Patients provided written informed consent before beginning the study. The study was conducted in accordance with the Declaration of Helsinki and was approved by the Soonchunhyang University Bucheon Hospital Institutional Research Board.

FIR radiation therapy

FIR therapy was performed for 40 minutes during each HD session. We started FIR therapy within 30 minutes after starting HD. Specialized FIR emitters (WS TY-101N; WS Far Infrared Medical Technology Co., Ltd., Taipei, Taiwan) were used for FIR therapy. Electrified ceramic plates were positioned approximately 25 cm above the skin surface at the needling site. The irradiating power density was about 10 and 20 μW/cm2 when the radiator was set at a distance of 30 and 20 cm above the skin surface, respectively. Radiation therapy was continued in every HD session.

Measurement of Qa and pain

Qa was monthly measured within 2 hours after start of HD. Measurement was performed by the ultrasound dilution method using a Transonic HD03 HD monitor (Transonic Systems, Ithaca, NY, USA) [9]. Qa was measured before and after intervention in patients with FIR therapy. Needling pain and anxiety in patients were measured with a numeric rating scale. The scale indicated pain severity on a scale of 0–10 points, which correlated with no pain and uncontrolled severe pain, respectively.
The mean baseline Qa and pain were obtained during the 1 week before the start of the study. These parameters were then recorded at months 1, 3, 6, and 12 after beginning the study.

Study protocol

Effect of FIR therapy in a single HD session

We measured the study participants' Qa, body temperature (BT), and pain and anxiety scores before and after FIR therapy. The patients scored their own pain and anxiety. The nurse checked the patients' skin status in terms of inflammation, burning, or other abnormalities; sense of itching before needling; bleeding site during HD; and time required for hemostasis.

Effect of 1 year of FIR therapy on Qa and unassisted patency

We measured the study participants' Qa, BT, and pain and anxiety scores before and at months 1, 3, 6, and 12 after the start of the study. The primary outcome was the unassisted patency, which was defined as the time from study commencement to the first episode of AVF malfunction. We defined AVF malfunction as the need for any interventional procedure (surgery or angioplasty) to correct an occlusive or malfunctioning AVF that could not sustain an extracorporeal blood flow of > 200 mL/min during HD.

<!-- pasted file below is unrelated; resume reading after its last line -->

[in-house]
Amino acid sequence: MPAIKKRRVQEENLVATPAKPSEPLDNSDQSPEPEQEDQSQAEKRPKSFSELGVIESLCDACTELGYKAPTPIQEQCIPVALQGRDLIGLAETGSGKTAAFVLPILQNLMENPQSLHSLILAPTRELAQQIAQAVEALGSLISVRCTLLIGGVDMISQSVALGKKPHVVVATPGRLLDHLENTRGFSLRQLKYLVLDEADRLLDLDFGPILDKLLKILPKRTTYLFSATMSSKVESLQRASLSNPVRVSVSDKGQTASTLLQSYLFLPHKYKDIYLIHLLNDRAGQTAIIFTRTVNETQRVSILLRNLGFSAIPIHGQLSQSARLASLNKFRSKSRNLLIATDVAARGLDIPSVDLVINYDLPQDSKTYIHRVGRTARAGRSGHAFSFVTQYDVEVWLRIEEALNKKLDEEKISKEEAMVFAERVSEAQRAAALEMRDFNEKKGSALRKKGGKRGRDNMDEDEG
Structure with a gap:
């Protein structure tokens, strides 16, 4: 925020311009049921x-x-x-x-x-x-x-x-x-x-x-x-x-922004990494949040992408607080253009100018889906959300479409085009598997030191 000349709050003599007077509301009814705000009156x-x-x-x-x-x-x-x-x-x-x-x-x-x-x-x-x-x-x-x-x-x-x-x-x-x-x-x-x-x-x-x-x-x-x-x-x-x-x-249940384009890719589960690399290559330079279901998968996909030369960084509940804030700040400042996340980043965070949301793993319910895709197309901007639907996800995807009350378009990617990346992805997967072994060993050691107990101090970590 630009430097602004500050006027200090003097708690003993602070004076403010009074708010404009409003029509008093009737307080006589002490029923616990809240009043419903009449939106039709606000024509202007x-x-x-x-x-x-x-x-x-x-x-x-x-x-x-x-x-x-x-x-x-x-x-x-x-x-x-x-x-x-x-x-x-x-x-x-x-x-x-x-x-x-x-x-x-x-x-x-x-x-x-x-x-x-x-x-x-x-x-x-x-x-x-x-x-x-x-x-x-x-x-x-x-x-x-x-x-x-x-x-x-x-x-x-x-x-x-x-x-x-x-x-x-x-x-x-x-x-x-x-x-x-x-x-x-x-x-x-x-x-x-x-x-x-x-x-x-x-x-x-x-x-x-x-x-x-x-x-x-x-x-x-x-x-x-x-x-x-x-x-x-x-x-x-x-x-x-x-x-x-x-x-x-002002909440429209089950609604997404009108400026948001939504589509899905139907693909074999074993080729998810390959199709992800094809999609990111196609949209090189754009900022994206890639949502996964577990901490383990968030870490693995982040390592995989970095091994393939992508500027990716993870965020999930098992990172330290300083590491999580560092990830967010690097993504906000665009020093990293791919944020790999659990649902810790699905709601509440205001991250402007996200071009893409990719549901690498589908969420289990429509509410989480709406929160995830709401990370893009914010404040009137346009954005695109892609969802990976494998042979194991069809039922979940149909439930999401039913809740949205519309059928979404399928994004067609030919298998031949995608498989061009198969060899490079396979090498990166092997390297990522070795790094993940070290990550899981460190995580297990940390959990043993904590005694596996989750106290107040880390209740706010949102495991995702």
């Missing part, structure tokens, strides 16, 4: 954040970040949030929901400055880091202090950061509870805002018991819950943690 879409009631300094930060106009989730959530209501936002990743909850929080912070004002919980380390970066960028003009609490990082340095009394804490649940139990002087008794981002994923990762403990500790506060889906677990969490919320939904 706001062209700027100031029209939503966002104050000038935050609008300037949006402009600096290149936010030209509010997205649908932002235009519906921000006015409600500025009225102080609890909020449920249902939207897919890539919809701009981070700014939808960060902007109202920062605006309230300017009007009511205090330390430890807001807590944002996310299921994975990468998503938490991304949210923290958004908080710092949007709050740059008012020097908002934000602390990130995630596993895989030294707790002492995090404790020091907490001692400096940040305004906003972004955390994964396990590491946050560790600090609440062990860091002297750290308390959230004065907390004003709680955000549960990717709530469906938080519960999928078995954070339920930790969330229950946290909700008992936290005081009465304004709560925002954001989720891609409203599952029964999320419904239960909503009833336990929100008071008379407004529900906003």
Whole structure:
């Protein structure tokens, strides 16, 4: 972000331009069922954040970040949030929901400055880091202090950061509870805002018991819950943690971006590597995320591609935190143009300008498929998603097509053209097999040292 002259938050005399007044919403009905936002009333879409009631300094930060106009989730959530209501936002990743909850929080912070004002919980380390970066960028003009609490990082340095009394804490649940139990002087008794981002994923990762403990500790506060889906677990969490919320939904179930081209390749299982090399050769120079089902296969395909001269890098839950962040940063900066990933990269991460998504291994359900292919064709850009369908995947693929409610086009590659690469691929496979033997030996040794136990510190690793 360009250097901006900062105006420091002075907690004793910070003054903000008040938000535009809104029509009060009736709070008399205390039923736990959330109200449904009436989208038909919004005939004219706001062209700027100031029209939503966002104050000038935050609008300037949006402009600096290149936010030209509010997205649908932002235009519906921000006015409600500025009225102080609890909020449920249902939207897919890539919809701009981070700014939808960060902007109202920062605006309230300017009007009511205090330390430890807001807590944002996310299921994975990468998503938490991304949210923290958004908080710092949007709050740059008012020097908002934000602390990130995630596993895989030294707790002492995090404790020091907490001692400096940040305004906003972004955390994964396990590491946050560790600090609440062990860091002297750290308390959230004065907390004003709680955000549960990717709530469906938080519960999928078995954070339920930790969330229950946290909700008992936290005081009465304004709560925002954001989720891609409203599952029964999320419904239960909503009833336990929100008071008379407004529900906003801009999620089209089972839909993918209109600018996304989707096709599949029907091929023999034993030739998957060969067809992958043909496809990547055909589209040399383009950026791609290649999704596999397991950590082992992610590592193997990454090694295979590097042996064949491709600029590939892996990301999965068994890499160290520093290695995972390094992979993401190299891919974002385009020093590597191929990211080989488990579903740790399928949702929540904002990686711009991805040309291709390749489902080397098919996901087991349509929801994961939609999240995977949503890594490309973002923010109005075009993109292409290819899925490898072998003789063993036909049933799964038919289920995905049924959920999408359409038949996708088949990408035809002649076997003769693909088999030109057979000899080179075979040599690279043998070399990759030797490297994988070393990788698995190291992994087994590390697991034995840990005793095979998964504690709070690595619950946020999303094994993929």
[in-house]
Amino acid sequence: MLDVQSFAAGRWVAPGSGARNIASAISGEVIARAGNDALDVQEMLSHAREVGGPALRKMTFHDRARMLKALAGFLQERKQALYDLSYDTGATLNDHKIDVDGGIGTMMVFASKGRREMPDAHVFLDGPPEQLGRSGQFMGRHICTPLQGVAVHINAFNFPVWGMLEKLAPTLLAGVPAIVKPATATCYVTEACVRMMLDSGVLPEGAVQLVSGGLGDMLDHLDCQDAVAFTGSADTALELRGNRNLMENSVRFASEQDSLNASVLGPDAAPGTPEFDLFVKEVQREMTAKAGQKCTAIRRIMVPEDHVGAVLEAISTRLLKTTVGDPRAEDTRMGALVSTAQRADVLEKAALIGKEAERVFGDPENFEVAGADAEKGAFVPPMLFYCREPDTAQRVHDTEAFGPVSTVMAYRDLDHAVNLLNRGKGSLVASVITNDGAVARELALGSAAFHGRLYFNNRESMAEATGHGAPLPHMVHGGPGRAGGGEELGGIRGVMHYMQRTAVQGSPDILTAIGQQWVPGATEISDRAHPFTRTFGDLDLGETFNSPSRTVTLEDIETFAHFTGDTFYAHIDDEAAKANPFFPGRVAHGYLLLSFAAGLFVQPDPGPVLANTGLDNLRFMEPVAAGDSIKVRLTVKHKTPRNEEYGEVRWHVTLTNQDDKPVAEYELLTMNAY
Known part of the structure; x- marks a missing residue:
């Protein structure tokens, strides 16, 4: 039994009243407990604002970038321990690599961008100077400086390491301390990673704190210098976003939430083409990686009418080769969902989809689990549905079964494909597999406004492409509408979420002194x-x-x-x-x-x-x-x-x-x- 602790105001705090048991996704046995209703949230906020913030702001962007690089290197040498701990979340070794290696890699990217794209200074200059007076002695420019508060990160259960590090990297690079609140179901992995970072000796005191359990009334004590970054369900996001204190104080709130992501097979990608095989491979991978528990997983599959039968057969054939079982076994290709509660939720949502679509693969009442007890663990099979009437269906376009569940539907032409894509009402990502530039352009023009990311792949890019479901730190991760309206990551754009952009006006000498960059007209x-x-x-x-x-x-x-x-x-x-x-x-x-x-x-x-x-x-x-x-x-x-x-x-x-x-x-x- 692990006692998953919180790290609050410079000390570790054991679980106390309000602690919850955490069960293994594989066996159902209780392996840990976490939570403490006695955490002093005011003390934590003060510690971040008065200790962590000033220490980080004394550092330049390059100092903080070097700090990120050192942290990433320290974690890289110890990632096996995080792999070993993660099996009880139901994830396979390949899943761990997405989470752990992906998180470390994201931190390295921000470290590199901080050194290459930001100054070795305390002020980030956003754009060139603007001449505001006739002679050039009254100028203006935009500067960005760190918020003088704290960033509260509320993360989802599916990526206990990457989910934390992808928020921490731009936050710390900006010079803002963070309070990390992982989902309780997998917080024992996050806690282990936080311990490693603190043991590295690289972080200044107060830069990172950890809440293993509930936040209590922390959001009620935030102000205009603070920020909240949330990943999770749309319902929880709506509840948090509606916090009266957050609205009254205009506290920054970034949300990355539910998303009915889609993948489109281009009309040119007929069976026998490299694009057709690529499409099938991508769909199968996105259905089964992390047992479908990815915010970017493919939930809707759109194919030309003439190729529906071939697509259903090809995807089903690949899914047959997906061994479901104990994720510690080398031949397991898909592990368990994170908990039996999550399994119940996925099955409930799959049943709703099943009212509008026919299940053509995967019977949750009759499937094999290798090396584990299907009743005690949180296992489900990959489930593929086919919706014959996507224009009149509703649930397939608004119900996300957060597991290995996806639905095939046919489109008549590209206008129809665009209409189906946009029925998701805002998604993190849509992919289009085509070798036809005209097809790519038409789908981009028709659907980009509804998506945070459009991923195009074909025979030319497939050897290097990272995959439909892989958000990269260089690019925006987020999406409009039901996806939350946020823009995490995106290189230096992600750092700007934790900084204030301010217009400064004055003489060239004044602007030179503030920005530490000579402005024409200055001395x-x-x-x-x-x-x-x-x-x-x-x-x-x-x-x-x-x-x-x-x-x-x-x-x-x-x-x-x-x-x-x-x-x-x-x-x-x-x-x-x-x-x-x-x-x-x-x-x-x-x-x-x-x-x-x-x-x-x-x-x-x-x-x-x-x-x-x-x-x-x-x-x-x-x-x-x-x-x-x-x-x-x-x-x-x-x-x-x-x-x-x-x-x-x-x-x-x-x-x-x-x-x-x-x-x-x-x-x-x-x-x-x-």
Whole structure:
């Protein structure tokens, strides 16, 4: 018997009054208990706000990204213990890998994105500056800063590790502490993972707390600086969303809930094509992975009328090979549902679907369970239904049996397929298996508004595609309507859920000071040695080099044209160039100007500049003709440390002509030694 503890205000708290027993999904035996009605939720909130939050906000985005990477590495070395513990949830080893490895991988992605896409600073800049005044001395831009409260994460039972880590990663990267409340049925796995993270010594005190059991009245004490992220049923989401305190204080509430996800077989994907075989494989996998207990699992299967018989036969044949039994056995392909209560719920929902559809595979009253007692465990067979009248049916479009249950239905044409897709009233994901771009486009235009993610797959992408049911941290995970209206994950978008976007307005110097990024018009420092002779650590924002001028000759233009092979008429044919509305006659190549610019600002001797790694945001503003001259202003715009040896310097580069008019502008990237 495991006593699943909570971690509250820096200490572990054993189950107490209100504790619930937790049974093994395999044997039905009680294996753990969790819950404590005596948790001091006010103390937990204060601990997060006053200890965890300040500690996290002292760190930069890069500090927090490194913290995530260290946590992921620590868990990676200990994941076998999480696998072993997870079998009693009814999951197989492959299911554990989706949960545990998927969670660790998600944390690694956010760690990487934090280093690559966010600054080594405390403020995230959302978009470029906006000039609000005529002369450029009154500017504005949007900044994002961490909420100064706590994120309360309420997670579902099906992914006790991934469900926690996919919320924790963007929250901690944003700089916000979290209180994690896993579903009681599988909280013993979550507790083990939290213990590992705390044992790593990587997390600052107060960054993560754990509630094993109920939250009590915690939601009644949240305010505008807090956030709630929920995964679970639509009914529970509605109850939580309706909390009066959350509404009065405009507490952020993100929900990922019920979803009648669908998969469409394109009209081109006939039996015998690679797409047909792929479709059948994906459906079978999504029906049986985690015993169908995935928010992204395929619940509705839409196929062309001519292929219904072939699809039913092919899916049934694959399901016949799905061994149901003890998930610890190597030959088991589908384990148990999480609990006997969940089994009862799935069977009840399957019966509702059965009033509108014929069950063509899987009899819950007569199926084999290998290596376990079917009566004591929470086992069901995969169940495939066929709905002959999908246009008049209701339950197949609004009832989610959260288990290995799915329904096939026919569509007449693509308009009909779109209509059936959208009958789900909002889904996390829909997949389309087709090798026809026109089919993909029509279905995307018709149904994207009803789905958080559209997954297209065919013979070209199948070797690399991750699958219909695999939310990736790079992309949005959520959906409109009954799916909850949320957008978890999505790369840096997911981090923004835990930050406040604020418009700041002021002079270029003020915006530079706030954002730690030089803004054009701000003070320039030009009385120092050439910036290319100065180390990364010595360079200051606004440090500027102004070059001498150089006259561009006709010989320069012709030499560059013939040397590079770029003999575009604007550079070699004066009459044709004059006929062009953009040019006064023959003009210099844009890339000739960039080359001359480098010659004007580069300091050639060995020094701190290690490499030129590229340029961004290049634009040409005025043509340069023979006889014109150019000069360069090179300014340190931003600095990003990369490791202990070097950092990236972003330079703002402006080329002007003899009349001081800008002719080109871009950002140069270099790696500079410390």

To analyze the effect of Qa and unassisted patency, we compared the study participants who underwent 1 year of FIR therapy with control patients who received no intervention for their access site during the study period. We matched the controls and participants by age, sex, and presence of DM.

Statistical analysis

Statistical differences in clinical characteristics and Qa per month between the 2 groups were evaluated using the χ2 test or Fisher's exact test for categorical variables and Student's t test or the Wilcoxon rank-sum test for numerical variables. Univariate and multivariate Cox proportional hazard regression analyses were conducted to determine the predictors of unassisted patency survival. The survival probability of unassisted patency was estimated according to the Kaplan–Meier method, and survival curves were compared with the log-rank test. The Wilcoxon signed-rank test was used to compare differences in Qa between pre- and post-FIR therapy. All statistical analyses were performed using SAS software (version 9.4 for Windows; SAS Institute, Inc., Cary, NC, USA). The statistical significance level was set at P < 0.05 (2-tailed).


Twenty-five HD patients (mean age, 52.6 ± 10.7 years; 40% female) were enrolled in FIR therapy and other 25 HD patients were matched as control after the study. Table 1 compares the baseline characteristics between the FIR therapy group and control group. The clinical baseline characteristics were similar in both goups with the exception of treatment with calcium channel blockers and anticoagulation agents.
One patient transferred to another hospital. Seven patients (28%) refused to continue the FIR therapy. In total, 17 patients completed 1 year of FIR therapy. The follow-up duration was 9.8 ± 3.8 months. Thrombosis occurred in 2 patients at 0.5 and 5 months, respectively.